How to run a faster 5k in just six weeks

Our running expert shares how to improve your 5k time, whether you’re a seasoned runner or relative newcomer.

Whether you’re new to running, discovering all the benefits running has to offer, or a seasoned veteran, how to run a faster 5k may be a question you find yourself asking on a regular basis. 

Whoever you are, from the world-record holder to a Couch to 5k newcomer, you’ll be happy with your latest outing for about five minutes before pondering how to increase your 5k time. It’s a bit like your bank balance – never fully satisfactory. With that in mind, we’re here to help you achieve that all-important improvement and show you how to run a faster 5k.  

People competing in a 5k road raceCredit: Shutterstock / Rawpixel.com
Running a faster 5k is all about recognising your fitness and working from that point

Faster 5k for beginners

Coaching points to run a faster 5k

If you’re wondering how to train for a 5k with a view to improving your time, here are some pro tips to consider:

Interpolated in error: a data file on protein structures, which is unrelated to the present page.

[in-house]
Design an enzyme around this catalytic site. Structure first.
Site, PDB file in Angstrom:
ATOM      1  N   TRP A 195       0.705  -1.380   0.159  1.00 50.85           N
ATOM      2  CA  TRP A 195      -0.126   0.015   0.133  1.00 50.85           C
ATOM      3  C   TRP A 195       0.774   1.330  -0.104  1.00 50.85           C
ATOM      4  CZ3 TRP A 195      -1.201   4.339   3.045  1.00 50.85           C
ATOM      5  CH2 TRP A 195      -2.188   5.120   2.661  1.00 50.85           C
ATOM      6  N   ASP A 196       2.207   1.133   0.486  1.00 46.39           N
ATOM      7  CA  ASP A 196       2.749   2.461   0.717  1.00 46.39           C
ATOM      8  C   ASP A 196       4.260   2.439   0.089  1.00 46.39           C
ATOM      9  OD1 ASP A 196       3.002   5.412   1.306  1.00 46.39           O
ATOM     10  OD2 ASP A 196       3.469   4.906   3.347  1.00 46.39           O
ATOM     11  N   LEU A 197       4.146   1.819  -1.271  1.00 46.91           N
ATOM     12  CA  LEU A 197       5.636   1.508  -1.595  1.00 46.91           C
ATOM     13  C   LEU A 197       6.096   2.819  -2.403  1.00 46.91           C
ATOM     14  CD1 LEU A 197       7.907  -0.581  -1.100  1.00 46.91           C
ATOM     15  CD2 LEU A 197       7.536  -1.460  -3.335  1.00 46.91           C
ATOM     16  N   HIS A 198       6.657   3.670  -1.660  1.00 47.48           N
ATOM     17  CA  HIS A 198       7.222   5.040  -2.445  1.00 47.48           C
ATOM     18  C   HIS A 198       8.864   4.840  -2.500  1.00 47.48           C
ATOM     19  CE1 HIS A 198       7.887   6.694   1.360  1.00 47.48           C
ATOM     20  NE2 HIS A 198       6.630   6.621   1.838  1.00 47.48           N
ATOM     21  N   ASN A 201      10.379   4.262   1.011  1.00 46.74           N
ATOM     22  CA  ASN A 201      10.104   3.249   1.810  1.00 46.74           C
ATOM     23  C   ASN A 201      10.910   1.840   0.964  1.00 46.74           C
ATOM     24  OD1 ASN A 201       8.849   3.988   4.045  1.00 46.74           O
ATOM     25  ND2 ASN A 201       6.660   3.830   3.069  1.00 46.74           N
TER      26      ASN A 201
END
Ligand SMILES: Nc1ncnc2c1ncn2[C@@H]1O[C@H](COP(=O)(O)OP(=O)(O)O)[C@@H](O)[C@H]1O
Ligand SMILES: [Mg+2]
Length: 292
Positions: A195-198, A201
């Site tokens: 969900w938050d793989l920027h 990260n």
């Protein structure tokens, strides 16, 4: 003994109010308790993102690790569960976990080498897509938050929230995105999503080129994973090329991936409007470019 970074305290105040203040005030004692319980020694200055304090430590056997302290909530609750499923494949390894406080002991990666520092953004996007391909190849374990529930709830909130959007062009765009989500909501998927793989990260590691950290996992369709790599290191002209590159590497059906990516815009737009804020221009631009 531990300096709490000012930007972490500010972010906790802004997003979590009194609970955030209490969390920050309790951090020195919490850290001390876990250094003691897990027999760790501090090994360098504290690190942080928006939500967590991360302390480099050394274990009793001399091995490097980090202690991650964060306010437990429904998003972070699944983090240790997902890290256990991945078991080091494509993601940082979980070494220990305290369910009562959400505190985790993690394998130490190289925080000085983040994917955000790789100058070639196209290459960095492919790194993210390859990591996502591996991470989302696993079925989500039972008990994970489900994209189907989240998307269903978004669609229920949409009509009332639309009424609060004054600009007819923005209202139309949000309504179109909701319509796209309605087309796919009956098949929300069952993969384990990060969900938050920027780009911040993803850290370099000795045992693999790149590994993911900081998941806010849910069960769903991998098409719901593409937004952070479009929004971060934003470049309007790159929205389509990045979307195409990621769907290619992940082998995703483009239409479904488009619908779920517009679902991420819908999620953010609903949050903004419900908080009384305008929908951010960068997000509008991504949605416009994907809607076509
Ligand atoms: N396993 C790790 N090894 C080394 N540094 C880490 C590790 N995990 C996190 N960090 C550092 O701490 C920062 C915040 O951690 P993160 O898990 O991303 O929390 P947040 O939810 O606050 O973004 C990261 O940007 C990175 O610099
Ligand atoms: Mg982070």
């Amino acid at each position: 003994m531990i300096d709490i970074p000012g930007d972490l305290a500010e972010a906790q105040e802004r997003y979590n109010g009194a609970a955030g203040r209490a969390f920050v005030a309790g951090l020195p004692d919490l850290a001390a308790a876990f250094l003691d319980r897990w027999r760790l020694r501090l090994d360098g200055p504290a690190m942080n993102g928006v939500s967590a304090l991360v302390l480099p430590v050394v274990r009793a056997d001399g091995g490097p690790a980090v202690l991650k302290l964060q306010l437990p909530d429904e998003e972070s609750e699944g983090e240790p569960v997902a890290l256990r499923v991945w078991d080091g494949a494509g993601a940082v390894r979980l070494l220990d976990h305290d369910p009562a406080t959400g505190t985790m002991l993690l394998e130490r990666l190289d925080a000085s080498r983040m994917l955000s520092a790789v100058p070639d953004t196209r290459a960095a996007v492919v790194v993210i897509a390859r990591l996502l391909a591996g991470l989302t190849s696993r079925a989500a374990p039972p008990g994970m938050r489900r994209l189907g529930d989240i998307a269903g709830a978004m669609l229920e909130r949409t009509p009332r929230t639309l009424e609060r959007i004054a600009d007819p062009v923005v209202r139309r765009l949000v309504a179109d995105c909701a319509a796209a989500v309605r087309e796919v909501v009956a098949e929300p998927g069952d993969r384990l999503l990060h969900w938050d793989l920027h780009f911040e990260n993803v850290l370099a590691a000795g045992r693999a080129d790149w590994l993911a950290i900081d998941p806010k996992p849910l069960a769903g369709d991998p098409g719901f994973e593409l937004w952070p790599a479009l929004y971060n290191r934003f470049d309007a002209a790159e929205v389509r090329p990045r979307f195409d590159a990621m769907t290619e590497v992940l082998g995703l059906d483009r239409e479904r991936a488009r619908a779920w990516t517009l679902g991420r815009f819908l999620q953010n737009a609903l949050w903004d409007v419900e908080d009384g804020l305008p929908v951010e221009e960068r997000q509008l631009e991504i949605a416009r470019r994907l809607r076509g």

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Take your time

The key is to understand that seemingly nothing happens for weeks, then you can move forward in terms of performance all at once. Consistency is the key to everything. 

Set a routine

Coach Fatima Painda, a fitness coach for Muslim women says she always uses 21 days as the minimum length of time a client needs to turn up as benchmark for anyone she is helping get fit. However, it’s probably better to allow more than 100 days for habit building to become effective. It’ll take time – almost a year for some, quicker for others. Stick with it. 

Add strength training to the mix

Strength training for runners is more important than ever, and not only because your muscles simply aren’t as strong as they might have been a decade ago. While gym work may not inspire you, it’s worth understanding the importance strength and mobility have in helping you support the same body position and biomechanics you enjoyed throughout your younger sporting life. 

Six-week improver’s training plan to increase 5k time

If you’re now looking to move up a notch, then take a look at this programme, designed to help you improve on what you’ve achieved already. 

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Week 1